The matter of Callide C back in Federal Court (this time via AER)

Less than 2 weeks has passed since ‘Federal Court rules about Callide C – independent investigation authorised’, and the underlying troubles that manifest in the explosion at Callide C4 on 25th May 2021,  and has continued since that time is back in Federal Court … but this time at the behest of the Australian Energy Regulator.

One of our team members found this afternoon’s article from the ABC:


In addition to the article above, following a quick scan I see the following pieces of additional information:


(A)  Key points of background

Repeated from preceding article for ease of readability …

There’s probably five points that sum up the situation, at a very high level:

Headline 1)  The Callide C4 unit has been offline since 25th May 2021 following a major explosion in the turbine hall:

…  In other articles I have wondered if this would be the ‘longest outage in the history of the NEM’, but have not had time to definitively check

Headline 2)  The root cause of the explosion is still not publicly known.

(a)  Many months ago Dr Sean Brady was commissioned by CS Energy (50% owner of the Callide C station) to conduct an investigation and report back

(b)  But this report has not been publicly released – and, as far as I have seen, there’s been nothing formally announced as to the status of the report

Headline 3)  The sister unit, Callide C3, has been offline since 31st October 2022 when the cooling tower structure (which also supports Callide C4) collapsed.  This has since been rebuilt.

Headline 4)  The coincident calamity affecting both units forced the other 50% owner (IG Power Callide (IGPC)) into voluntary administration on 24th March 2023.

Headline 5)  The partial shareholder in IGPC, Sev.en Global Investments (7GI) initiated the Federal Court action in December 2023, as noted by Nick Evans at the time (and hence via WattClarity 30th Dec 2023).


(B)  Information from the Federal Court

At the Federal Court, the relevant reference Number appears to be QUD61/2024 … but (understandably) there’s not much information there, as it’s only just started:



(C)  Anything from key stakeholders?

As I hit ‘publish’ on this article (17:00 on Fri 9th Feb 2024) the following is what I have seen from various stakeholders.


(C1)  At the AER

On the AER website under the news section, there is the‘AER takes court action against Callide Power Trading for alleged breaches of National Electricity Rules’ news release:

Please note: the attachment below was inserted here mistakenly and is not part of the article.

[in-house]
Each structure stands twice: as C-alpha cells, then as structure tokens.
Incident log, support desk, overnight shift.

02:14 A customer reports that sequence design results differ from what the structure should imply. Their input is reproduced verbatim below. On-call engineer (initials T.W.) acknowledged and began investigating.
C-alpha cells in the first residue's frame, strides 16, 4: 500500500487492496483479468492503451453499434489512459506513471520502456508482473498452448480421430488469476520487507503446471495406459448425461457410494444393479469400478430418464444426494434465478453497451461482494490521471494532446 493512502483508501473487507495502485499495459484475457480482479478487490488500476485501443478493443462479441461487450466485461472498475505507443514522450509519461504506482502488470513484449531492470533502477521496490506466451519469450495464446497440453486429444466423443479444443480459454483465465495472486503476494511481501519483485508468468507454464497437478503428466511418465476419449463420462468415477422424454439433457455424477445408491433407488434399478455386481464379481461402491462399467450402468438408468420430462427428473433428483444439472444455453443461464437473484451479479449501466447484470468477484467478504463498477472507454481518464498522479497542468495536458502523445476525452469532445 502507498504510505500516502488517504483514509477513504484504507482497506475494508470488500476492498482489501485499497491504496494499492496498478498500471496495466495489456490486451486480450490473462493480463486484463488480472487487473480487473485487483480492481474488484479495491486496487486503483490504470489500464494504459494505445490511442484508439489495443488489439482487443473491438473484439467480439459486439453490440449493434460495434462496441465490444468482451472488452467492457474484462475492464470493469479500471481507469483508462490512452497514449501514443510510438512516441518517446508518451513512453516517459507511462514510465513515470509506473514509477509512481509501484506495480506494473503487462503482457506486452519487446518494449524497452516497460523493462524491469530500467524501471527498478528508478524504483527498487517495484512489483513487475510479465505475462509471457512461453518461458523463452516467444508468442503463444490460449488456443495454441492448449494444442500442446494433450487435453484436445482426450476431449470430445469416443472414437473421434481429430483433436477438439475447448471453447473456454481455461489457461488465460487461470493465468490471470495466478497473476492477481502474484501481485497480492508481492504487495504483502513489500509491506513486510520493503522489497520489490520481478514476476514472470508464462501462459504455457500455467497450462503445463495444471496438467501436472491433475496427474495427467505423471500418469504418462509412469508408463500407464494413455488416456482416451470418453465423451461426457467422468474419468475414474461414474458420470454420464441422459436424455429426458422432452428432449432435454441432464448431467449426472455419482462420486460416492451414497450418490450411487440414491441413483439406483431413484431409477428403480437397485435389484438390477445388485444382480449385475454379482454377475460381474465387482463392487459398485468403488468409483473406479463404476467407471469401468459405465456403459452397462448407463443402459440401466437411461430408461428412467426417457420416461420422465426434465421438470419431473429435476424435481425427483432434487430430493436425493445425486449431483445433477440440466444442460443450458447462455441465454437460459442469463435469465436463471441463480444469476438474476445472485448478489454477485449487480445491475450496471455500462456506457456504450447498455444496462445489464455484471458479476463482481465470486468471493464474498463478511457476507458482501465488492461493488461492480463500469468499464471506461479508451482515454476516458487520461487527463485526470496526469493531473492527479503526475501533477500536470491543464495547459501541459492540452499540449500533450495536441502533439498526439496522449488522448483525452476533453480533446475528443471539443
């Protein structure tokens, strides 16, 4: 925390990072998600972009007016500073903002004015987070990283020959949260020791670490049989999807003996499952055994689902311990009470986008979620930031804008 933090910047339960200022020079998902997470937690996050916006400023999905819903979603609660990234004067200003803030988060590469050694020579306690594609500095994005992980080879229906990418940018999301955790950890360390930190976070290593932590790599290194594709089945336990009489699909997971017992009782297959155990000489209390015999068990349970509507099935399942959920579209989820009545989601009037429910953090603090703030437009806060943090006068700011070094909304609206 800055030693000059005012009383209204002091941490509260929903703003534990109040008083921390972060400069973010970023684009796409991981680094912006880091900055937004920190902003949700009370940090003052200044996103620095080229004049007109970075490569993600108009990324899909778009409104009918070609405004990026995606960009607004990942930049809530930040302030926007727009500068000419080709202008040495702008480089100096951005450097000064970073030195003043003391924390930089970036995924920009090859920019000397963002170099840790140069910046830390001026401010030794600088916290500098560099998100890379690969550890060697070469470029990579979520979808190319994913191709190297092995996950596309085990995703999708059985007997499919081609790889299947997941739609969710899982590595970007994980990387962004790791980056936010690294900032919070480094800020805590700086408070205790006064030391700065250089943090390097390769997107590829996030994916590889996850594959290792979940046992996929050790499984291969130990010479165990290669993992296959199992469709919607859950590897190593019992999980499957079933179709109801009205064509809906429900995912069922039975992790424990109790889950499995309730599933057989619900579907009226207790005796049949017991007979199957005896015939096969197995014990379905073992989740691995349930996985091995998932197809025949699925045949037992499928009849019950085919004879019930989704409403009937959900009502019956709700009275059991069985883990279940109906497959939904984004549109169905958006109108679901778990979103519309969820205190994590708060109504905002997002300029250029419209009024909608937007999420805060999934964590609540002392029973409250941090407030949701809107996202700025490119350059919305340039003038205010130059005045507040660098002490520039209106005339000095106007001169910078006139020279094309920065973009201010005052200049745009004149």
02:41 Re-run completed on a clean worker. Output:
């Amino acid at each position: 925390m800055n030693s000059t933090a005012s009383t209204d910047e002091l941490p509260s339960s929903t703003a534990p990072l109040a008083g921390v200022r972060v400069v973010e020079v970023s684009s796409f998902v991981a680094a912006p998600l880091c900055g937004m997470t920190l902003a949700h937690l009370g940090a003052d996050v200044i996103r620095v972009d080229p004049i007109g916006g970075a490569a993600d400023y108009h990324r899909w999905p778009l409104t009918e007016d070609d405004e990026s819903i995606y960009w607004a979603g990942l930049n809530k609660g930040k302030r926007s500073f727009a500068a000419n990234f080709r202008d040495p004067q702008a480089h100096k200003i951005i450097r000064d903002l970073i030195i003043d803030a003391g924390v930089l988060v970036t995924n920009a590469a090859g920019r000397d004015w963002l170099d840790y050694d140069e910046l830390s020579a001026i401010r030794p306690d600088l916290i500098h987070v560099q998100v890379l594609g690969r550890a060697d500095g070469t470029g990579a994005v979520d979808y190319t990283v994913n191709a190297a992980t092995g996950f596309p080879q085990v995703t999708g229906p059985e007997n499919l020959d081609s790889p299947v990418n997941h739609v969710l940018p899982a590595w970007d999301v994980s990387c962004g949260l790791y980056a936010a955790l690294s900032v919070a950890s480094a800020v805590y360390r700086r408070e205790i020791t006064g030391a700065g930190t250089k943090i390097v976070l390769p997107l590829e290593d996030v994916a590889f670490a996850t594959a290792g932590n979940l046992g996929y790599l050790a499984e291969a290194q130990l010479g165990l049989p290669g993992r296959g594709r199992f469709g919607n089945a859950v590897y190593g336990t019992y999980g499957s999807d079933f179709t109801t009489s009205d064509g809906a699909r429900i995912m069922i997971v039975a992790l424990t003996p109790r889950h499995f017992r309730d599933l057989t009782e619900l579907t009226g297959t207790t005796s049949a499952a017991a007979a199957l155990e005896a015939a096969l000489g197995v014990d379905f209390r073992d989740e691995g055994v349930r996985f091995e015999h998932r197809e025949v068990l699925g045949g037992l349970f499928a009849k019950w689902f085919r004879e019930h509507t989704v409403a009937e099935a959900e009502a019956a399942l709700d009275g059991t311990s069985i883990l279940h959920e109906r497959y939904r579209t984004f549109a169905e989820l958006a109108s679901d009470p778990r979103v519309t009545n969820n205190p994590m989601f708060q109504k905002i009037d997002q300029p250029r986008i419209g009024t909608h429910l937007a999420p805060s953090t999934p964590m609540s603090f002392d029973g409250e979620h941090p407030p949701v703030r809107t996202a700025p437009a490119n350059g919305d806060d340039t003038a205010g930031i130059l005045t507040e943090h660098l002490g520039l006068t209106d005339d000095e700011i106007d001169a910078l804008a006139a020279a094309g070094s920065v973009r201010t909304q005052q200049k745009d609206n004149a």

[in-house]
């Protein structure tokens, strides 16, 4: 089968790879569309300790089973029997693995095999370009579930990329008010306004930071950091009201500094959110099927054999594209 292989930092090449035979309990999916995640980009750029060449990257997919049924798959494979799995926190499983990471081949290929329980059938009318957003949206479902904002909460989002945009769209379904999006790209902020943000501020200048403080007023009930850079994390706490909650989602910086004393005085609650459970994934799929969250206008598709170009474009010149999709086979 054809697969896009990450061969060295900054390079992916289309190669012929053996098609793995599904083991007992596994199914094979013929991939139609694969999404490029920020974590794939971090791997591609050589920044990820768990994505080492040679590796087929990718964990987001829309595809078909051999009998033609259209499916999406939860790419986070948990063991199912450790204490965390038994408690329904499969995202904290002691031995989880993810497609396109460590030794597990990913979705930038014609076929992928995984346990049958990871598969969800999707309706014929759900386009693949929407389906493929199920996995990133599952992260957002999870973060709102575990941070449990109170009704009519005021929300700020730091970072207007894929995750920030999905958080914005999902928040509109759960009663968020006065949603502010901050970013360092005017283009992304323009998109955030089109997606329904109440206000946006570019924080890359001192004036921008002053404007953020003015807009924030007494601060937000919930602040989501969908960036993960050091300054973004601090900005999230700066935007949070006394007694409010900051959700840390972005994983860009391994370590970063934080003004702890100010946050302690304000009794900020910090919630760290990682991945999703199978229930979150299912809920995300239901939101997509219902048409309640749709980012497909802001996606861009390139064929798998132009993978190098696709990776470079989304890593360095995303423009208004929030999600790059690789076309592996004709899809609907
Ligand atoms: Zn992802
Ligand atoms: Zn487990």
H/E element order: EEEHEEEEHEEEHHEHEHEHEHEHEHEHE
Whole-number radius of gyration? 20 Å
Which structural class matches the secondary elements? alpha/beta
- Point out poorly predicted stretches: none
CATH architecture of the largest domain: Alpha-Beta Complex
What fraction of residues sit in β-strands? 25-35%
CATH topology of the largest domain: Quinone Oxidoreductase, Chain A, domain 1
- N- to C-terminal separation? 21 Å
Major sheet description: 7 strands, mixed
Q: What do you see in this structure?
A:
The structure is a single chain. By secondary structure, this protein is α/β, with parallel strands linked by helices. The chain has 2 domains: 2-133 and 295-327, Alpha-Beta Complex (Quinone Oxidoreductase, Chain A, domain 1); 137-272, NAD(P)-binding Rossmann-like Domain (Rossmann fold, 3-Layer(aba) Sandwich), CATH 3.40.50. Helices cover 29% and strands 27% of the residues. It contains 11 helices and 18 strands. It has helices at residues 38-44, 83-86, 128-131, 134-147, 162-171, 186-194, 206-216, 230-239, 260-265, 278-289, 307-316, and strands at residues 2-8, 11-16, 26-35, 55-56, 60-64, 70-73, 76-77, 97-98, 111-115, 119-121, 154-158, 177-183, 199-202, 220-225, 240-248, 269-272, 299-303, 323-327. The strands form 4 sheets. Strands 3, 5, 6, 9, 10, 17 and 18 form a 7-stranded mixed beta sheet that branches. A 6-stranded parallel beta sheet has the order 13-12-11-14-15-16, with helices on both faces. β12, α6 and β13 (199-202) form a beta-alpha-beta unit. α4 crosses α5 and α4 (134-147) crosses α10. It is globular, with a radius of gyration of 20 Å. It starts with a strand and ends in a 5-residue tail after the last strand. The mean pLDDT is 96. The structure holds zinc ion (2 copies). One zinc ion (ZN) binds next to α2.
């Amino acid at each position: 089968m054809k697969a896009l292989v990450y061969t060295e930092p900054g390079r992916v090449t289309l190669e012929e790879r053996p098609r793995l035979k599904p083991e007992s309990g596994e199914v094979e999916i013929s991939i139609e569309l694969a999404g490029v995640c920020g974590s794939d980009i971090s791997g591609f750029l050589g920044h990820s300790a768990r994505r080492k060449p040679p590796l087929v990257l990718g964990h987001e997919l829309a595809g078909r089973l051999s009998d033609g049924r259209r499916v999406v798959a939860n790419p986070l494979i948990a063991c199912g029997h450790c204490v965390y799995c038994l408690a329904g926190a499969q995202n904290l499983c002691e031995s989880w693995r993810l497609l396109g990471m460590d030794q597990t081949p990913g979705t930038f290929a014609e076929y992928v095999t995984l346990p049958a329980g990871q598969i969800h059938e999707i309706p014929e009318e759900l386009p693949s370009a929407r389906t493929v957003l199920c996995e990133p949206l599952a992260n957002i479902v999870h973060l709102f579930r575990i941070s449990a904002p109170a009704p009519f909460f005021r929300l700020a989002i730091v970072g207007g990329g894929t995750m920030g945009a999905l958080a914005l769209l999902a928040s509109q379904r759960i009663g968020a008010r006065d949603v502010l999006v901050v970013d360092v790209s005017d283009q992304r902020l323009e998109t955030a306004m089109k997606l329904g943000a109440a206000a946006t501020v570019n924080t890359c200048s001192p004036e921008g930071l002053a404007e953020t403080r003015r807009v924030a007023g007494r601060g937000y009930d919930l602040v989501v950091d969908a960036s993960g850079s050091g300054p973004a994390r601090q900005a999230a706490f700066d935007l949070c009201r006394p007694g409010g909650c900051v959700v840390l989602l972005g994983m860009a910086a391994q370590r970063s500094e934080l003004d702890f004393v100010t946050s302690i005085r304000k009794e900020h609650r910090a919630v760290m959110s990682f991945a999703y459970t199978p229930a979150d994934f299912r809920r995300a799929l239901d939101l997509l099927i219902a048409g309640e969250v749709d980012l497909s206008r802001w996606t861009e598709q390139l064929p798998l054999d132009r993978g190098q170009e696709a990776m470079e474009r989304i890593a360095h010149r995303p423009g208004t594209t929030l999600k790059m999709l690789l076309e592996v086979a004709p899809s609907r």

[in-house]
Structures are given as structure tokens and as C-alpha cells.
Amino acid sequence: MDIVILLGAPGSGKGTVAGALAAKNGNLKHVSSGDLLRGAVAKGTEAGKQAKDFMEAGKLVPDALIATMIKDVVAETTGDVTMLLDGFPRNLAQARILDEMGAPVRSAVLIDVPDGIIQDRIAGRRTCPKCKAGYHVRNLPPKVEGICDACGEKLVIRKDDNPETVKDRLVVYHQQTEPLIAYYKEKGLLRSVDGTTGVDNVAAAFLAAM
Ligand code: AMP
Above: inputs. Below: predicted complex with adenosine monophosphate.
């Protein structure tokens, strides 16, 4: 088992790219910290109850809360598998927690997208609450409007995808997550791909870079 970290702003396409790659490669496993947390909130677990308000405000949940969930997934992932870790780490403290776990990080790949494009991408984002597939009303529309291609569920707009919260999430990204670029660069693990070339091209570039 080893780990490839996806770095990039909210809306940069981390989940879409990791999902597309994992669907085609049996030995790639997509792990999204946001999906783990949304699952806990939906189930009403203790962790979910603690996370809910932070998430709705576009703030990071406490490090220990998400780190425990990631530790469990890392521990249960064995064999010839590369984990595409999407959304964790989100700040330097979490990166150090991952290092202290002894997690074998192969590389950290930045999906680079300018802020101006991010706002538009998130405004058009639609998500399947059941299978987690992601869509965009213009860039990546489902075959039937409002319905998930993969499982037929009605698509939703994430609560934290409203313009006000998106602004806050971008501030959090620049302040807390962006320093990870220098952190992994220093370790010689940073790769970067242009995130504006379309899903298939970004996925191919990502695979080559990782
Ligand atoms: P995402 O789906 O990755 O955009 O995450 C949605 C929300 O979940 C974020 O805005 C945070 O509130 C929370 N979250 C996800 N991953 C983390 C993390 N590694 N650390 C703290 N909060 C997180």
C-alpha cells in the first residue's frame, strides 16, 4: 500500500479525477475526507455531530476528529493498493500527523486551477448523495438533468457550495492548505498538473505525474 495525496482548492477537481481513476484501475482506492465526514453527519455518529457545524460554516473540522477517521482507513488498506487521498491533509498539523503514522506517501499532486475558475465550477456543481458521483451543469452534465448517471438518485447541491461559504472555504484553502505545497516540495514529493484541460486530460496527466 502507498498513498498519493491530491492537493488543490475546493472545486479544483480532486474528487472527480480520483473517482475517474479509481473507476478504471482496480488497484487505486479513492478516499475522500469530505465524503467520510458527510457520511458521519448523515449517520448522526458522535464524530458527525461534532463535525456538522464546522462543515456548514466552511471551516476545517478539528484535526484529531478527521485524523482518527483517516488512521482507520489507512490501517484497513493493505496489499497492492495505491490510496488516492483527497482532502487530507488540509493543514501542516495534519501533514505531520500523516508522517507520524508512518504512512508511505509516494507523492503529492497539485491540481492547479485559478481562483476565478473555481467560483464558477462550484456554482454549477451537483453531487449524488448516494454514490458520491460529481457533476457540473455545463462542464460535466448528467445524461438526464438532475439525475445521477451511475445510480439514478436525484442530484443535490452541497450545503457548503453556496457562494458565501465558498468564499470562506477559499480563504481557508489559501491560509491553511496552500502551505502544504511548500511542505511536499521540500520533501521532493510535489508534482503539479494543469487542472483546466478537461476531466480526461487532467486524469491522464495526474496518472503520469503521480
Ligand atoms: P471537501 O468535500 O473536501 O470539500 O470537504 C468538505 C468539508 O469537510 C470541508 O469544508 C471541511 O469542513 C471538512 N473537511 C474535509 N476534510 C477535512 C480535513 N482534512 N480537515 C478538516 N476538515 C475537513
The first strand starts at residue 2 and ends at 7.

… which links through to ‘Callide Power Trading Pty Ltd: alleged breaches of the National Electricity Rules’:


(C2)  At Callide Power Trading

The Callide C station is owned in a 50:50 joint venture between two parties:

(C2a)  CS Energy

I did not see anything under ‘News’ on the CS Energy website (though it is early days, obviously).

(C2b)  IG Power Callide (IGPC)

As noted above, this entity has been under voluntary administration since 24th March 2023 (i.e. approaching 2 years after the explosion).  This entity has various stakeholders involved, including:

1.  Sev.en Global Investments

7GI is a partial owner of IGPC (and was the one who initiated the other case in the Federal Court).

I also did not see anything under ‘Press Releases’ or ‘News Highlights’ on the 7GI website.

2.  Chinese investors

Other partial owners of IGPC are power sector investors from China (including CHNG).


(D)  Information elsewhere

In terms of other media outlets…

(D1)  At AFR

Nothing yet at the AFR?


(D2)  At the Australian

A quick scan finds the article ‘Australian Energy Regulator hauls Callide Power Trading to court over May 2021 incident’ by Valerina Changarathil:



(D3)  At RenewEconomy

I also found the article ‘Coal generator to face court over blackouts caused by “catastrophic” explosion’ by Michael Mazengarb:



(D4)  Elsewhere?

I have not yet seen anything else…


(E)  Latest information on return-to-service expectations

On 15th January 2024 we wrote about how ‘Hot & Wet Weather pushes back expected return to service dates for Callide C3 and Callide C4’
.  Checking again in the ‘Generator Outages’ widget in ez2view (at 16:40 on Friday 9th Feb 2024), we see that there’s been no further change, since then, of expected return to service:

With respect to the image:


As follows:

(E1)  Callide C3

This unit has been offline since 31st October 2022 (cooling tower), and the expectations for Unit 3 are as follows:

(a)  On 29 Feb 2024 (back to 200 MW)

(b)  On 31 March 2024 (back to 466 MW)

(E2)  Callide C4

This unit has been offline since 25th May 2021 (explosion), and the expectations for Unit 3 are as follows:

(a)  On 30 June 2024 (up to 210 MW)

(b)  On 31 July 2024 (back to 420 MW)

About the Author

Paul McArdle
One of three founders of Global-Roam back in 2000, Paul has been CEO of the company since that time. As an author on WattClarity, Paul's focus has been to help make the electricity market more understandable.

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